Dance review: Richard Alston Dance Company, Festival Theatre, Edinburgh

'That I was thinking of Frederick Ashton as I made this piece is pretty evident,' says Richard Alston in the programme notes for Carnaval. Yes, Richard, it certainly is. This brand new work, which had its world premiere in Edinburgh on Friday, is one of Alston's most balletic creations '“ and the grace and drama of late choreographer Ashton could be heard in gentle whispers throughout.

Richard Alston Dance Company perform Chacony
Richard Alston Dance Company perform Chacony

Richard Alston Dance Company ****

Festival Theatre, Edinburgh

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Inspired by the life and relationships of Robert Schumann, Carnaval depicted the German composer as not one, but two men. Schumann’s struggle with mental illness is well documented, but here Alston looks at it from his wife Clara’s perspective, as she tries to love both sides of her husband’s dual personality. Alston’s erstwhile pianist, Jason Ridgway joined the dancers on stage, tackling Schumann’s technically challenging score with apparent ease.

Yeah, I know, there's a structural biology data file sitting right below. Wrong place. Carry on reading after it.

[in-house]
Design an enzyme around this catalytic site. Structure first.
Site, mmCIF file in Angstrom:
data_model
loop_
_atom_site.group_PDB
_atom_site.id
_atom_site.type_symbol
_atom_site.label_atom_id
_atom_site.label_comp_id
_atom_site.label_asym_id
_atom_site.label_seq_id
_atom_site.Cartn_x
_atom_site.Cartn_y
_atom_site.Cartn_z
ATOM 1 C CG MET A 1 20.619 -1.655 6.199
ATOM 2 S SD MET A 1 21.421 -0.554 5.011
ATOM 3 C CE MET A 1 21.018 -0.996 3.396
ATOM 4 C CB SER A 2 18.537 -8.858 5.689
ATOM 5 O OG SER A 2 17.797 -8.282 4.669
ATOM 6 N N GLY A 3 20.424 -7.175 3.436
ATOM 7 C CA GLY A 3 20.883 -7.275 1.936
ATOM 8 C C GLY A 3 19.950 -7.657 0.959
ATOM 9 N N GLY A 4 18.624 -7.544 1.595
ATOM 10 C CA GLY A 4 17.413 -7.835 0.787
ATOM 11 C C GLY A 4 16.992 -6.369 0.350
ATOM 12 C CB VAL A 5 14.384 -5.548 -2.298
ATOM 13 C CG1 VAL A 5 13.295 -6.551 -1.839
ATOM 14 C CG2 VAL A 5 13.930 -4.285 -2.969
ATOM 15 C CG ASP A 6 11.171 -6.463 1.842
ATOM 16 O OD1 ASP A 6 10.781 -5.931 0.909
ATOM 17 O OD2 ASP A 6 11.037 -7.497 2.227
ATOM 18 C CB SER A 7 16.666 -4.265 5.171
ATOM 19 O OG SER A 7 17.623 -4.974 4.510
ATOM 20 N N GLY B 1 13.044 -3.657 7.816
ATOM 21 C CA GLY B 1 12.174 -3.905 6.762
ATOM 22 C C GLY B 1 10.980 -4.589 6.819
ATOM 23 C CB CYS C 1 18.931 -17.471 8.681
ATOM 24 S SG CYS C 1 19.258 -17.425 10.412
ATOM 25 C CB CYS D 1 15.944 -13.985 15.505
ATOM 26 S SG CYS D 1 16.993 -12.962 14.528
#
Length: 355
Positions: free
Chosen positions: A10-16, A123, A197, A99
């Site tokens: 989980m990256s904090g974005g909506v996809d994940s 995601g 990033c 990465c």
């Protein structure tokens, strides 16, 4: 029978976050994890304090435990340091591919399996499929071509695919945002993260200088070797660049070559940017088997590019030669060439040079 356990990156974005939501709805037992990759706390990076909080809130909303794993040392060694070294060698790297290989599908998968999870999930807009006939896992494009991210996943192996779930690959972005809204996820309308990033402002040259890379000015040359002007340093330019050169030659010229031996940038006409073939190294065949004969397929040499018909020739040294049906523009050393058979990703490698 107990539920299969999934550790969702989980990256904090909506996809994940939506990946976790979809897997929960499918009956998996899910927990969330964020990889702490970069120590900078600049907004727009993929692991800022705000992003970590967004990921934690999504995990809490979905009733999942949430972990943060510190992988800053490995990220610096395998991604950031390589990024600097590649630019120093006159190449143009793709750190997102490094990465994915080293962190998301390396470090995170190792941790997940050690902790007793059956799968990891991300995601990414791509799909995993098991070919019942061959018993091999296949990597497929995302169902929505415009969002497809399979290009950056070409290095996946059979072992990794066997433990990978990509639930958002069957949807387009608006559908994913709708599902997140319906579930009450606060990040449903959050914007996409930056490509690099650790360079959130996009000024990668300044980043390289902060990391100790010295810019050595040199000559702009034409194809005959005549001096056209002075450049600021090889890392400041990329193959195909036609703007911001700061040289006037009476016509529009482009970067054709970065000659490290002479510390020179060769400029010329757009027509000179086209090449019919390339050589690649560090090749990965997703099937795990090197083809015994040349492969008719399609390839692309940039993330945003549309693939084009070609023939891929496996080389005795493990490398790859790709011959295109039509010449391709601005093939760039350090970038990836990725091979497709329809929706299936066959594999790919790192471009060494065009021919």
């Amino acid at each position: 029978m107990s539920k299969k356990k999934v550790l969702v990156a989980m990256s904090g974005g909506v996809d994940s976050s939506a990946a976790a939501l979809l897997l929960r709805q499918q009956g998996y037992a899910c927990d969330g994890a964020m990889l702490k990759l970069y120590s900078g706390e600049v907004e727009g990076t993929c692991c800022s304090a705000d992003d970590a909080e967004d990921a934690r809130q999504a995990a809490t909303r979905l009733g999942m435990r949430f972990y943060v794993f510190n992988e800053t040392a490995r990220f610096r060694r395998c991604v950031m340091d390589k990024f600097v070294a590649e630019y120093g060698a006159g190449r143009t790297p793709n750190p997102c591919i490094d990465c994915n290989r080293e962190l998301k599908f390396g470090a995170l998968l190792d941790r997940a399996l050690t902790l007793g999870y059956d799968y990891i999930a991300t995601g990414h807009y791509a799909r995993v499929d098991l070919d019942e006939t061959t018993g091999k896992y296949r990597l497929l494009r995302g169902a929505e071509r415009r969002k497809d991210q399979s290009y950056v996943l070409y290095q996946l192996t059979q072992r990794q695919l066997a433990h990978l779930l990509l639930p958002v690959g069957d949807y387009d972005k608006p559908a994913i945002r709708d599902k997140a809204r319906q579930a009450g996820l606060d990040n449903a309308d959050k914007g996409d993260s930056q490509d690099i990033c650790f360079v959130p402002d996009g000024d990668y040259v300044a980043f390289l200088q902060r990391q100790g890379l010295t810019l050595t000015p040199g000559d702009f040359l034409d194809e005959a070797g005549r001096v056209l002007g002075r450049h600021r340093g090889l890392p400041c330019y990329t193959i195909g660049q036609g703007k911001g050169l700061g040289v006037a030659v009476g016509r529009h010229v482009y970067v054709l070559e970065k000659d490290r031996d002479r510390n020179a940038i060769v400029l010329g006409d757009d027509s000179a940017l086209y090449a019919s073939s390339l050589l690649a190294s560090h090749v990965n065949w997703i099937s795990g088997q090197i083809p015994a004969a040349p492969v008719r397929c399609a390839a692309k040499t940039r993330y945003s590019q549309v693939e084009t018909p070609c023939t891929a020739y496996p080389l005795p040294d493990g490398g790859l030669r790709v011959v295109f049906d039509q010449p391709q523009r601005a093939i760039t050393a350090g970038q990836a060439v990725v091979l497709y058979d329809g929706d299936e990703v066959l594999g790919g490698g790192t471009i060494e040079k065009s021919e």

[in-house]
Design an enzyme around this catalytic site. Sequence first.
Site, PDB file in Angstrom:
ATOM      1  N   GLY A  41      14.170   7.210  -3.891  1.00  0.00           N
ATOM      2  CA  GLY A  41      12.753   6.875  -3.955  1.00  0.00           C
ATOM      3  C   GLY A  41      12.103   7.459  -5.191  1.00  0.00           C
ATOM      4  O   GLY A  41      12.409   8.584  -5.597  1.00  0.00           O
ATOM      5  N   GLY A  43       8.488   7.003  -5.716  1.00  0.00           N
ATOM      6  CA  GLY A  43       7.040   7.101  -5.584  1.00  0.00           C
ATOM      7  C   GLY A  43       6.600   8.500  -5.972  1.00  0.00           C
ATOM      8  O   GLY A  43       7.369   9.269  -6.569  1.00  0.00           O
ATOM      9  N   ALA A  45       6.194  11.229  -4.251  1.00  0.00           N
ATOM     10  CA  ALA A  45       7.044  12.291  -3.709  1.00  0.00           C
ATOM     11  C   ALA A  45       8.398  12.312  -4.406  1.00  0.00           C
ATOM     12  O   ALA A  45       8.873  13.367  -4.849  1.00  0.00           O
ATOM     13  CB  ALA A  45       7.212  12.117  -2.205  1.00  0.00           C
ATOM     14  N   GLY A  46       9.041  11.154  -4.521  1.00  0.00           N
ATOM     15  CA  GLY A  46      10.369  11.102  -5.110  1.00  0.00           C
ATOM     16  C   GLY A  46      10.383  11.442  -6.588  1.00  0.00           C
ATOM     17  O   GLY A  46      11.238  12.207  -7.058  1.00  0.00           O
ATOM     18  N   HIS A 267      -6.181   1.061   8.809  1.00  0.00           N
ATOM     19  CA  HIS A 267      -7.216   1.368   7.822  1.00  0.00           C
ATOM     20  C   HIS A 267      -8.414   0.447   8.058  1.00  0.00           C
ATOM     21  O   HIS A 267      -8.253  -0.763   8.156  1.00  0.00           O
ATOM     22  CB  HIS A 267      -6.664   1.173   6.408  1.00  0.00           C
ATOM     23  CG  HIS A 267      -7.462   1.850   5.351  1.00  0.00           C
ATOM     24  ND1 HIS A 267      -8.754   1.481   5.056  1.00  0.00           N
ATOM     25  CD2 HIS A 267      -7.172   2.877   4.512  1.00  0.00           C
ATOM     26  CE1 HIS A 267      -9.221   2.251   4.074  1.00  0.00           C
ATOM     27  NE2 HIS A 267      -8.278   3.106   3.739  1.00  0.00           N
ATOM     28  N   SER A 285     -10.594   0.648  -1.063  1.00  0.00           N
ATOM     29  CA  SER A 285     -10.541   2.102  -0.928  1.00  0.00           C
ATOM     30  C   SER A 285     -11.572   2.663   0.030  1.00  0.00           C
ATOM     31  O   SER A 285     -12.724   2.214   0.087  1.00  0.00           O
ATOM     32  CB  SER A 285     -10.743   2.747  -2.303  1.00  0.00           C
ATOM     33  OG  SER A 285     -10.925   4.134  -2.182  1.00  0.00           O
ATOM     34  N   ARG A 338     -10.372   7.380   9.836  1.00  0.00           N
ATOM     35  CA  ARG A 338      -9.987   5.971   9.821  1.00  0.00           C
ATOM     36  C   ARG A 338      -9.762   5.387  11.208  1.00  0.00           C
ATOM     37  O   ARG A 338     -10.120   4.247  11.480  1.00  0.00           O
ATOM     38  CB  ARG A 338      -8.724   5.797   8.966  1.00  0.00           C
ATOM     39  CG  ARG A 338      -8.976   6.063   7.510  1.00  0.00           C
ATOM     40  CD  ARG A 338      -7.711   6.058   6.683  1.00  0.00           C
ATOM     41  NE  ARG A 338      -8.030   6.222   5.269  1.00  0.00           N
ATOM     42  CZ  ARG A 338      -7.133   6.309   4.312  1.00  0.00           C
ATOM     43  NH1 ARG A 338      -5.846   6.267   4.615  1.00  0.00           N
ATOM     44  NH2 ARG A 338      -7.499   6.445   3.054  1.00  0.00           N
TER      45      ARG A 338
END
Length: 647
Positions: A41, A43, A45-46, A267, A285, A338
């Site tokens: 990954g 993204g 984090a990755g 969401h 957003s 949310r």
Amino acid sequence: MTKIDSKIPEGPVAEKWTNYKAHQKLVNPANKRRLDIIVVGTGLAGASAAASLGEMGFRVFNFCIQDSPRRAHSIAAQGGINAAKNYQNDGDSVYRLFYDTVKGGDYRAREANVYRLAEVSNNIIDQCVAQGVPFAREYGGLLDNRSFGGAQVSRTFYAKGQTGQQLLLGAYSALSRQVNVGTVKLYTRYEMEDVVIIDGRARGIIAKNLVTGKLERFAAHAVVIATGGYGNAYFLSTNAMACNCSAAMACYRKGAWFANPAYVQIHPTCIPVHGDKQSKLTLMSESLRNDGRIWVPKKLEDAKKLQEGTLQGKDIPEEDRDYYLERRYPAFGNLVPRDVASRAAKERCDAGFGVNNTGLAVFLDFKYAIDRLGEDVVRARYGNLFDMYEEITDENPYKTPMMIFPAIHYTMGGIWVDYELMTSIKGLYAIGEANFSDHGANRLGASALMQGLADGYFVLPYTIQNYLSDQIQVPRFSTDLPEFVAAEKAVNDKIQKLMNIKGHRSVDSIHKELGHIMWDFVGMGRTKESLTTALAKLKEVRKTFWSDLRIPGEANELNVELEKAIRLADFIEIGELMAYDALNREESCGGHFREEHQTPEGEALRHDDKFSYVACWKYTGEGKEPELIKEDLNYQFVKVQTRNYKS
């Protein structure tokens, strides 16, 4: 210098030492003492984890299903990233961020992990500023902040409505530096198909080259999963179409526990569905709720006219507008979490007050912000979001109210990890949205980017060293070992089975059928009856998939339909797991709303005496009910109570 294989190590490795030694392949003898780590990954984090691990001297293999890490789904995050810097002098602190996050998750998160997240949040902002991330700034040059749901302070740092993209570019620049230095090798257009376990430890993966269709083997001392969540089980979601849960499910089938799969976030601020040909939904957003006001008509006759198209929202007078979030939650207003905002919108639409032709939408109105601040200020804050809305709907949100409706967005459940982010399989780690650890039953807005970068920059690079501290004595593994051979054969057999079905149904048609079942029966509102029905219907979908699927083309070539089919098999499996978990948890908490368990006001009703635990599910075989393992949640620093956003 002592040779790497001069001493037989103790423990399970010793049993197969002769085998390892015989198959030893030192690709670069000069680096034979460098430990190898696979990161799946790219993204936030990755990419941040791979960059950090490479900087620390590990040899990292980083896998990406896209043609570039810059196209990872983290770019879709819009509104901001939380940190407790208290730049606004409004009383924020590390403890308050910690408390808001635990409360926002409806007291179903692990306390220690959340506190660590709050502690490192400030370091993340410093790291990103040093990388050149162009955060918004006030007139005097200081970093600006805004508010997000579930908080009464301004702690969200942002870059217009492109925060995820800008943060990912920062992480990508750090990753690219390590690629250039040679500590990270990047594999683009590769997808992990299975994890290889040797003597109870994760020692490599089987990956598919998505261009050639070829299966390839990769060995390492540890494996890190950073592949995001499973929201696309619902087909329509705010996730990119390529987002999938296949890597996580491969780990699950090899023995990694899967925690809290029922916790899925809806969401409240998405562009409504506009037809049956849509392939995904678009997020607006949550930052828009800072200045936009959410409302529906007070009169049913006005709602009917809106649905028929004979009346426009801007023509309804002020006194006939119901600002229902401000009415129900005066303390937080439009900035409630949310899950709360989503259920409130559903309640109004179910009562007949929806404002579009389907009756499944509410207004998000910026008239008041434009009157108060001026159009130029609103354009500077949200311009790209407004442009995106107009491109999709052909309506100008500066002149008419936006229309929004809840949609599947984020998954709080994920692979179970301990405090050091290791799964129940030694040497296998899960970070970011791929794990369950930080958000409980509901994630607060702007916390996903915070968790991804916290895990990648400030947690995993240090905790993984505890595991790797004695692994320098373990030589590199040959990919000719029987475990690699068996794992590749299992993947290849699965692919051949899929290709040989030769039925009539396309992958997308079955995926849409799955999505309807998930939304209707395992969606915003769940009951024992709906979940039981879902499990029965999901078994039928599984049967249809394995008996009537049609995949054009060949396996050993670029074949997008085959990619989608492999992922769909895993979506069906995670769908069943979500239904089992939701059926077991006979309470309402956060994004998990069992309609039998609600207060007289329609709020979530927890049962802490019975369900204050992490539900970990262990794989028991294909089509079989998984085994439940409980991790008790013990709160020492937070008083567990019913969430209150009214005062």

Which seems to be a theme with this company: the illusion of simplicity. Alston’s choreography is clever and inventive, crafted from top to toe with nothing left to chance. For some, that renders it too clinical, but there’s something utterly beguiling about the clean lines and polished precision of these talented dancers.

The works that followed Carnaval only served to illustrate that more: whether it was through the ensemble theatricality of Chacony, set to Purcell and Britten, or the hip-twitching heat of Gypsy Mixture, with its joyous Balkan soundtrack. Plus a solo by dancer Liam Riddick is officially one of life’s good things, and Alston hands him more than a few here – worth the ticket price alone.